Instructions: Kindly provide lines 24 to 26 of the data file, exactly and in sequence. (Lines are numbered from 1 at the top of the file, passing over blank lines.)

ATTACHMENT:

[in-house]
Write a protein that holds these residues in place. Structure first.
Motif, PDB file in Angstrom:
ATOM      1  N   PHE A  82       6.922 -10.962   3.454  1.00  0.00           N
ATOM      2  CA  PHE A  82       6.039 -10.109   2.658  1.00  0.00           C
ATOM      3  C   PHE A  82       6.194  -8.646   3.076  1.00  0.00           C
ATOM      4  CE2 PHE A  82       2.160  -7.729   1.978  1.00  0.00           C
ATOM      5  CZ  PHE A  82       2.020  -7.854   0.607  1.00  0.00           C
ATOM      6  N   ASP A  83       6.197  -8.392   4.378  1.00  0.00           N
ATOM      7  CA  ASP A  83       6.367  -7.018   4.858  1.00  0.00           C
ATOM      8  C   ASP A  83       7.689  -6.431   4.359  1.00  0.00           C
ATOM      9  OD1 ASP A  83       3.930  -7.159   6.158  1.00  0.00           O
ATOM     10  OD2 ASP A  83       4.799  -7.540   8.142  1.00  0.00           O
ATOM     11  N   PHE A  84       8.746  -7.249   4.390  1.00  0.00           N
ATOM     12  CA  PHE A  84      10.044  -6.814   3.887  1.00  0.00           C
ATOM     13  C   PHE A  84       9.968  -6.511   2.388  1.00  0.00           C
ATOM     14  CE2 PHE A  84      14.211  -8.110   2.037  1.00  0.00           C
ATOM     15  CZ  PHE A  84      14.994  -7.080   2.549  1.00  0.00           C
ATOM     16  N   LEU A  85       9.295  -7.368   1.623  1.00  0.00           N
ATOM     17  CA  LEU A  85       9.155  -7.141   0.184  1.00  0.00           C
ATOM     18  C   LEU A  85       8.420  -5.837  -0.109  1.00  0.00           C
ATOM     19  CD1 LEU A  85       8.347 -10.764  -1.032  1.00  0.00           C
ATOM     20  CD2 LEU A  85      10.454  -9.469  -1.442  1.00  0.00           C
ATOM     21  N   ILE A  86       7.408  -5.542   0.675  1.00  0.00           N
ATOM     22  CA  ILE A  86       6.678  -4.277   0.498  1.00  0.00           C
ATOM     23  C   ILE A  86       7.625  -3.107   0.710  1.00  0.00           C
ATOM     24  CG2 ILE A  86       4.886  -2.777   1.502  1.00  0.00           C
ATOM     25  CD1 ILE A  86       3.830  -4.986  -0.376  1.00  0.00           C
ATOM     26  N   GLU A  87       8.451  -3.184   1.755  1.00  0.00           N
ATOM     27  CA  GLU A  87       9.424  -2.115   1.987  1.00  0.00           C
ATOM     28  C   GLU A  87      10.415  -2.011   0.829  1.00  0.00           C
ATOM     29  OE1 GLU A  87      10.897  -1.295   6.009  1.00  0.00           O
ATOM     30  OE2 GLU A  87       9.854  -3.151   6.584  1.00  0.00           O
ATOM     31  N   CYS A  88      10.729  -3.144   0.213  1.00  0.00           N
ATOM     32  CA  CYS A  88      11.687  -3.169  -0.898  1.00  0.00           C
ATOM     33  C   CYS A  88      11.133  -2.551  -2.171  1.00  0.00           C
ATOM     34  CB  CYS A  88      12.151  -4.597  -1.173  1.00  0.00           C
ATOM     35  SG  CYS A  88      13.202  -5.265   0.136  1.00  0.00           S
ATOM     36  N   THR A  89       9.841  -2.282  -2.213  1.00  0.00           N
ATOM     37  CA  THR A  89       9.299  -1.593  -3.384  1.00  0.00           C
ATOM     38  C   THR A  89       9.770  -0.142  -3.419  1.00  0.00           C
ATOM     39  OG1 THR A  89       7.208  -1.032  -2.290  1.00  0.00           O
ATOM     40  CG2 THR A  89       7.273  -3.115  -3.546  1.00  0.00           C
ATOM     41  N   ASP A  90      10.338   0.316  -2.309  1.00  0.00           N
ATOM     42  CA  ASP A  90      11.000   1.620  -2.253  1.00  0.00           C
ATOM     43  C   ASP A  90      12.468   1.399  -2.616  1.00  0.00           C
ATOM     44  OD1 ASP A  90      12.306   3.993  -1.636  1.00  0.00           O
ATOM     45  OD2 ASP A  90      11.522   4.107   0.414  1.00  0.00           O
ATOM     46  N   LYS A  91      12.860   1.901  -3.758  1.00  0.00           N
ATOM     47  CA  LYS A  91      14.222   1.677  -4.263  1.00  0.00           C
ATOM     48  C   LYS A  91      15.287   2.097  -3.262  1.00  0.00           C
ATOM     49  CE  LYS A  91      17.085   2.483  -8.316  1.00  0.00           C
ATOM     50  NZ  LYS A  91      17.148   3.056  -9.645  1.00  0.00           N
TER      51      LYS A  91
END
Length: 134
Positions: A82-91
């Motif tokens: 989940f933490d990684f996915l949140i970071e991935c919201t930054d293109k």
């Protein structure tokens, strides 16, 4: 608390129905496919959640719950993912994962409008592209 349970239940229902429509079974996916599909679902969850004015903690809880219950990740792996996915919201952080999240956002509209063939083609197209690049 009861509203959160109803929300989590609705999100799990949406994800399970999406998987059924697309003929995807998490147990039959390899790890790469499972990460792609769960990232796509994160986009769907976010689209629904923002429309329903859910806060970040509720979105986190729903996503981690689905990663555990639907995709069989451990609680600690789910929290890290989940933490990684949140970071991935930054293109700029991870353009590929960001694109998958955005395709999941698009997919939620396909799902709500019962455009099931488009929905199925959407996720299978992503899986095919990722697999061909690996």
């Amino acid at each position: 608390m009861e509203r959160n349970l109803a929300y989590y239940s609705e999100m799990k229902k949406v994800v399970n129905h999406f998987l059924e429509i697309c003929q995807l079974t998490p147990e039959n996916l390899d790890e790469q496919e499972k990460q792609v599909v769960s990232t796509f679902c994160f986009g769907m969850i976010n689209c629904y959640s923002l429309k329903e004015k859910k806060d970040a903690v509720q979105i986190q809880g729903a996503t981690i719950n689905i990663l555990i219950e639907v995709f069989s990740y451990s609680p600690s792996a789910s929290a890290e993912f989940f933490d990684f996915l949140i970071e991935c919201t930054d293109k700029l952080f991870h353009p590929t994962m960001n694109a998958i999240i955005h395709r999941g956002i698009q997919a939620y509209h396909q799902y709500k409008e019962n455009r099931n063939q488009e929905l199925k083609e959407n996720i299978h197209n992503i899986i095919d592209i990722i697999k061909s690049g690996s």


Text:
ATOM     21  N   ILE A  86       7.408  -5.542   0.675  1.00  0.00           N
ATOM     22  CA  ILE A  86       6.678  -4.277   0.498  1.00  0.00           C
ATOM     23  C   ILE A  86       7.625  -3.107   0.710  1.00  0.00           C